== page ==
Pros: Cheap if on sale at $20/pair, good bass and imaging, A/V shielded, look decent
Cons: Midrange is muffled, fuzzy treble, not suitable for classical music, large
I saw the KLH L853B on sale at BestBuy for $20 a pair and decided to give them a try. Normally they sell for $80. The speakers are 11x16 in size and are 3-way 3-driver design with 3-way crossover.
The grilles are removable and they speakers feature gold-plated binding posts. On paper all this looked good as well as the 50Hz-20kHz frequency response and 5-year warranty.
I got two pairs to use as front and rear surrounds and hooked them up to the Philips 963 receiver (part of a Philips MX970 home theatre package, that I am going to return to Sams Club in a couple of days).
I used Large settings in the receiver for these speakers, since they supposedly can produce bass down to 50Hz and have 8 Woofers.
Watching DVDs in Dolby Digital showed that they are substantially better than the speakers that came with MX970 system and I believe that if you just want to use them for surround sound, they are a great value at $10 a speaker. Not so sure at $40 a speaker (regular price of $80 a pair).
However, I also like to listen to music. These speakers are bookshelf speakers that should be suitable for music. At first, they seemed to fail miserably. They were much better than smallish speakers that normally come with inexpensive prepackaged home theatre systems. They reproduce more bass and sound less muddy. However, they still lacked lower midrange, had fuzzy treble and their frequency response seemed far from flat.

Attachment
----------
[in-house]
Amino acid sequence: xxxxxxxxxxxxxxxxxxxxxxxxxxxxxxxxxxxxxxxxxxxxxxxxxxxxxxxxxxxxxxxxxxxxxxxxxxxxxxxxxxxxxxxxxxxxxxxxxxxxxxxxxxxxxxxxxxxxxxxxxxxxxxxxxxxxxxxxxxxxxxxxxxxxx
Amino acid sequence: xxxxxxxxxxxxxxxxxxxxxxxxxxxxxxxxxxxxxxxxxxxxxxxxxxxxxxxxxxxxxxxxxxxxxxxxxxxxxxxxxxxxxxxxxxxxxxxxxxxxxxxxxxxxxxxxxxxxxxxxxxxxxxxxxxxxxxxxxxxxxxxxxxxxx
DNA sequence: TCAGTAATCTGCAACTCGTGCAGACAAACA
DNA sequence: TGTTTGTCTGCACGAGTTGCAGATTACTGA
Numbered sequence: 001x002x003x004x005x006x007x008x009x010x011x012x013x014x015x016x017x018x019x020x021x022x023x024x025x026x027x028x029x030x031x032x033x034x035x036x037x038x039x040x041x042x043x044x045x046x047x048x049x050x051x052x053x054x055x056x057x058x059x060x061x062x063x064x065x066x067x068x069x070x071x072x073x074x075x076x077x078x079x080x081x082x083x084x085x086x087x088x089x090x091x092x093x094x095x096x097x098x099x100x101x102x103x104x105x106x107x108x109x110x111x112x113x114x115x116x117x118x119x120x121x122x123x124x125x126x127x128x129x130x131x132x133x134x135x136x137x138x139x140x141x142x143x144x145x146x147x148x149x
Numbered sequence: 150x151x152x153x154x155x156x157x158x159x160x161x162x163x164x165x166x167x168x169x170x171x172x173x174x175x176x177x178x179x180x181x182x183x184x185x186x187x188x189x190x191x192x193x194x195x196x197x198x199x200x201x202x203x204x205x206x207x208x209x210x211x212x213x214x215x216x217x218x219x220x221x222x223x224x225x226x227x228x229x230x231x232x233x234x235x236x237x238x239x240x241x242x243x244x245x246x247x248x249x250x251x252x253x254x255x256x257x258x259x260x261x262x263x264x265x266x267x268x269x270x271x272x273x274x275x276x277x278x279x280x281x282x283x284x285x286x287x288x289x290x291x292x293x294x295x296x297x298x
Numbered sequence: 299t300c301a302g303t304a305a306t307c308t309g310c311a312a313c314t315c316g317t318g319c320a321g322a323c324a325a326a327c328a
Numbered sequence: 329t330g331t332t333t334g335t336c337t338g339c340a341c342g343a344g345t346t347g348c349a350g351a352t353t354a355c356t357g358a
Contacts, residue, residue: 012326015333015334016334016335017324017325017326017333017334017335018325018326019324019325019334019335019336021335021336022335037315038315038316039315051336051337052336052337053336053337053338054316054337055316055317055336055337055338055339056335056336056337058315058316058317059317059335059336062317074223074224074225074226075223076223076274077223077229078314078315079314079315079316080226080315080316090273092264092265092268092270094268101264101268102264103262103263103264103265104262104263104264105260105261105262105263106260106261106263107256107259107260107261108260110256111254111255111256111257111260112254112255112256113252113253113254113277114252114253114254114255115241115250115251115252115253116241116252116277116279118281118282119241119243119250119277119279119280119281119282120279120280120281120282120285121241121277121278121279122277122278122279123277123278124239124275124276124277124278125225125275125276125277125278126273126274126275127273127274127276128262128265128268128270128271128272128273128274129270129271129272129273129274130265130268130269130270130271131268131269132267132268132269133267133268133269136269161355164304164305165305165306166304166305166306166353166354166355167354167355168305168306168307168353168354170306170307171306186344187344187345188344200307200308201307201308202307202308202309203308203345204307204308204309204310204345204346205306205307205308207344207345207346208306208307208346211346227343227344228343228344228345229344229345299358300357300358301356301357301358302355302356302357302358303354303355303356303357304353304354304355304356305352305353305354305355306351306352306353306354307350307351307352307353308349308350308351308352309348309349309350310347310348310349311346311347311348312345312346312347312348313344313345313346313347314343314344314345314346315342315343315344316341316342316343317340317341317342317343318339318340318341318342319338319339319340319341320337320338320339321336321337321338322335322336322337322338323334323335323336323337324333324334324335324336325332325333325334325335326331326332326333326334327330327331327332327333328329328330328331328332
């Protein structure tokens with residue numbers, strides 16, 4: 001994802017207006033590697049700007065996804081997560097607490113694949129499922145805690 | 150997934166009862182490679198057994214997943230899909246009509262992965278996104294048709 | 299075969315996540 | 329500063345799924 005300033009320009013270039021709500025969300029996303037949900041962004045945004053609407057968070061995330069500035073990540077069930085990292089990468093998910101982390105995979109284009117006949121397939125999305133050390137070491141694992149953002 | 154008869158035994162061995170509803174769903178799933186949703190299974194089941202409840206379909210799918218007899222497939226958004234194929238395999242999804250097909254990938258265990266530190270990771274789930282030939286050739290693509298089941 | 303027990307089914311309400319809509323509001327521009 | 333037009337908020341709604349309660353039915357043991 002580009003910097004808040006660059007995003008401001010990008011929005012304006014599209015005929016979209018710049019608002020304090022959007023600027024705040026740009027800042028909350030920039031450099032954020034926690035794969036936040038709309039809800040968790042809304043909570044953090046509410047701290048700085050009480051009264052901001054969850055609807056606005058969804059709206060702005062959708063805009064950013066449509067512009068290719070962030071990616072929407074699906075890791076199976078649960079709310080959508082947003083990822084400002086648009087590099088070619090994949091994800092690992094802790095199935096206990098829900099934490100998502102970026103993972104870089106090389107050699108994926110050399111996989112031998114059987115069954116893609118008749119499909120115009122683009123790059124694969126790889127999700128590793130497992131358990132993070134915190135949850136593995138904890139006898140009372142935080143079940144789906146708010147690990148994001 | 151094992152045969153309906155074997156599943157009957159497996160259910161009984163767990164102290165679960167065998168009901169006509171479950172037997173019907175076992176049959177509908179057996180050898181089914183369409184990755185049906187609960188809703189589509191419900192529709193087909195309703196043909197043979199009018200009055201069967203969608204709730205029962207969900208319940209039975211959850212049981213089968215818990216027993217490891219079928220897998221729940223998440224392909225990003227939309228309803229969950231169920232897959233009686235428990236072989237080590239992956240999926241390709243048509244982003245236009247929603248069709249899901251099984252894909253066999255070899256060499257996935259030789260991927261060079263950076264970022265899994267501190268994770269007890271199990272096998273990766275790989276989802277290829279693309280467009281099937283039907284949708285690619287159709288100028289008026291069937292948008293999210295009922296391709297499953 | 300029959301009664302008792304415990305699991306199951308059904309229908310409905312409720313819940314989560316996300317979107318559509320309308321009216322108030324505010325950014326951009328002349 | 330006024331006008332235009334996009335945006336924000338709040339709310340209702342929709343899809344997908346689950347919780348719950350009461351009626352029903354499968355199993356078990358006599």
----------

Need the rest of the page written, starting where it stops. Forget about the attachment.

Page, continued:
Listening to Aphex Twin, beginning of Metallicas Master of Puppets and some Dire Straights produced very good results. Bass is good and the treble is OK (provided you raise treble on the receiver). But with busy music, which employs several different frequency ranges (Wagner, Soundgarden, Stone Temple Pilots), the sound became pretty bad - it was almost impossible to distinguish separate instruments and it lacked lower midrange.
For comparison purposes I hooked up the speakers from my old Sharp CD-C3800 stereo (which I bought 5 years ago for $260). They sounded remarkably better, reproducing more detail and seemed to have wider usable dynamic range.
I thought that was a shame because KLH speakers are larger, heavier and have 3 seriously-looking drivers. Sharps speakers are smaller, but they also have 3 drivers and are ported.
Then I decided to try swapping the speaker cables. It is not a secret that home theatre packages usually come with very poor speaker cables. I got some Philips 16-gauge speaker cable and connected the speakers to the receiver using them. The difference was huge. Some (but not all) instruments, previously unperceivable, were heard. The imaging became much better.
The string instruments, guitars and drums sound very good on these speakers. Lower midrange, although improved with better speaker wires, still can be better. Same with treble.
I replaced these KLH speakers with highly acclaimed Athena Point Five system, which I got at OneCall.com (it sells for $800 there). Yep, you get what you pay for. The Athena speakers allowed me to hear instumments that were not heard on KLH L853B, they sound less coarse and seem to produce "flat" frequesncy response. No fuzzy treble, no midrange dip.
I still may keep these KLH speakers and use them as stands for Athena speakers :-) . At $10 apiece, they are the cheapest stands I can find.
For $20 a pair, these speakers are a steal. They are very good for surround sound and good for music like rock if you don't care about midrange or non-fuzzy treble. Using an equalizer can help improve things.
But for classical music, or you like good sound, they might not do. In any case, make sure you use them with 16-gauge cable or thicker (14 or 12-gauge).